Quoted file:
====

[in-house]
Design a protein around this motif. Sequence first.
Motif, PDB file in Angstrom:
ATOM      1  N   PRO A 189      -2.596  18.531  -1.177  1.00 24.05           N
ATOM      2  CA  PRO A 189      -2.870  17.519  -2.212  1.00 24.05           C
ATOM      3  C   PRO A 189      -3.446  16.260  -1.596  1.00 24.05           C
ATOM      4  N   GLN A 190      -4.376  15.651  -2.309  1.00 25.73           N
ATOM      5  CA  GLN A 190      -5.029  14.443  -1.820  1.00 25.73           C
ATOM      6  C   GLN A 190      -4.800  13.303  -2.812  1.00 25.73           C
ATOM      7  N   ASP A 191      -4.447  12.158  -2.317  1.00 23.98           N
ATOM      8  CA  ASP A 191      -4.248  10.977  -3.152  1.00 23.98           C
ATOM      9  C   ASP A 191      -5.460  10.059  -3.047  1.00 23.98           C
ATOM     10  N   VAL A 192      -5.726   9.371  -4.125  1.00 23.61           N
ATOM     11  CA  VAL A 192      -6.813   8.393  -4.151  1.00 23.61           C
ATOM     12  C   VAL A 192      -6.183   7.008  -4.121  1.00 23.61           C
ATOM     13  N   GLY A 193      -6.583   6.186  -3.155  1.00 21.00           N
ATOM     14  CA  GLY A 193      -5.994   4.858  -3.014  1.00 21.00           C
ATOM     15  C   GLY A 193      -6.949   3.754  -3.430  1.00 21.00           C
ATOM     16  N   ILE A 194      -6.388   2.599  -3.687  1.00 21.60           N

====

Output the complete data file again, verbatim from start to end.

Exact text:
[in-house]
Design a protein around this motif. Sequence first.
Motif, PDB file in Angstrom:
ATOM      1  N   PRO A 189      -2.596  18.531  -1.177  1.00 24.05           N
ATOM      2  CA  PRO A 189      -2.870  17.519  -2.212  1.00 24.05           C
ATOM      3  C   PRO A 189      -3.446  16.260  -1.596  1.00 24.05           C
ATOM      4  N   GLN A 190      -4.376  15.651  -2.309  1.00 25.73           N
ATOM      5  CA  GLN A 190      -5.029  14.443  -1.820  1.00 25.73           C
ATOM      6  C   GLN A 190      -4.800  13.303  -2.812  1.00 25.73           C
ATOM      7  N   ASP A 191      -4.447  12.158  -2.317  1.00 23.98           N
ATOM      8  CA  ASP A 191      -4.248  10.977  -3.152  1.00 23.98           C
ATOM      9  C   ASP A 191      -5.460  10.059  -3.047  1.00 23.98           C
ATOM     10  N   VAL A 192      -5.726   9.371  -4.125  1.00 23.61           N
ATOM     11  CA  VAL A 192      -6.813   8.393  -4.151  1.00 23.61           C
ATOM     12  C   VAL A 192      -6.183   7.008  -4.121  1.00 23.61           C
ATOM     13  N   GLY A 193      -6.583   6.186  -3.155  1.00 21.00           N
ATOM     14  CA  GLY A 193      -5.994   4.858  -3.014  1.00 21.00           C
ATOM     15  C   GLY A 193      -6.949   3.754  -3.430  1.00 21.00           C
ATOM     16  N   ILE A 194      -6.388   2.599  -3.687  1.00 21.60           N